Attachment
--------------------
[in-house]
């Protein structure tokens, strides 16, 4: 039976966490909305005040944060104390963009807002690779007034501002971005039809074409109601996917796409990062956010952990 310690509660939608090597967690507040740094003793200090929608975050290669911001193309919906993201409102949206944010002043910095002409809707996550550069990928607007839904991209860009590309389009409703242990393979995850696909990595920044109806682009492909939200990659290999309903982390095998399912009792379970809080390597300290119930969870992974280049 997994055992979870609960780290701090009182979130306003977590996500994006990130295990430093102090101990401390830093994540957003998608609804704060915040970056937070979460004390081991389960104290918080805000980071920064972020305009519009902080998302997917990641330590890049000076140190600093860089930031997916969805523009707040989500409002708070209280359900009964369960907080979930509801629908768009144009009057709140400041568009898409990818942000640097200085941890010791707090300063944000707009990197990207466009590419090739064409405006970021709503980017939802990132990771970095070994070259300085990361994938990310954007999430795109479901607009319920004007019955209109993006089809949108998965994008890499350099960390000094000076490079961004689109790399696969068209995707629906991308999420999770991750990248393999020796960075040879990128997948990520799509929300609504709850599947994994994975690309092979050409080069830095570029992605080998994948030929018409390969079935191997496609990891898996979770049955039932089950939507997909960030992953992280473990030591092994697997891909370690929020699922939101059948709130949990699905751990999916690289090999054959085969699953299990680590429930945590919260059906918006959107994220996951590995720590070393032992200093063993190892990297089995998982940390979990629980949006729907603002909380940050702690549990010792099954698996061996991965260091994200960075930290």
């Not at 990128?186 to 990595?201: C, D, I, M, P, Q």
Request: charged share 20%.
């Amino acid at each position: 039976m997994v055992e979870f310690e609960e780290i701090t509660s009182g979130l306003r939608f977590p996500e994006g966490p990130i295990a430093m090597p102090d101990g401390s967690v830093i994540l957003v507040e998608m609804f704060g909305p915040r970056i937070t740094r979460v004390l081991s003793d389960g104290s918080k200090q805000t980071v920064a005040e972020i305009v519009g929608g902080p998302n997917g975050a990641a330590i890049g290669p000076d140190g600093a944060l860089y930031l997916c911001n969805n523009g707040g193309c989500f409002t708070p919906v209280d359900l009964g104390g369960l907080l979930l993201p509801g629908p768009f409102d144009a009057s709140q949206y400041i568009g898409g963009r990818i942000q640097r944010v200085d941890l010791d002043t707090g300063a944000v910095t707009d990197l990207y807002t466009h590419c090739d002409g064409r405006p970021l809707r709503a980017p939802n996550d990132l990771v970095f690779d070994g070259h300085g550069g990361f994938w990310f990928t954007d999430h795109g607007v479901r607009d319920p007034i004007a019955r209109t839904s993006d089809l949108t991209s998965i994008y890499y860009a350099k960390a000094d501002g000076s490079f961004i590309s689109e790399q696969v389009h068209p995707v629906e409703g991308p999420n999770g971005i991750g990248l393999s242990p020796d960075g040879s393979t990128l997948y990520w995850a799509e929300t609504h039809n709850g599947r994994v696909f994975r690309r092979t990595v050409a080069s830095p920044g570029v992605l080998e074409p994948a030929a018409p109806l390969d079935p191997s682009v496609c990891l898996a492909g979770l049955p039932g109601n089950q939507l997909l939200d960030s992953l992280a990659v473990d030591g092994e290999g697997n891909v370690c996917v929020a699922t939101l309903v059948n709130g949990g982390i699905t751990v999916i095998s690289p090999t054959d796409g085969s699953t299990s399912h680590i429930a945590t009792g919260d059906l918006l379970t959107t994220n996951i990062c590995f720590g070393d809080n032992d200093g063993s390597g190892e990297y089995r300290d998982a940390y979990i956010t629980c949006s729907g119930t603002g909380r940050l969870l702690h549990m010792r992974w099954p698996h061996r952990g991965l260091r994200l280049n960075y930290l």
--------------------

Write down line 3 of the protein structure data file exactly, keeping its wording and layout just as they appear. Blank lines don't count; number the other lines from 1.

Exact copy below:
């Not at 990128?186 to 990595?201: C, D, I, M, P, Q």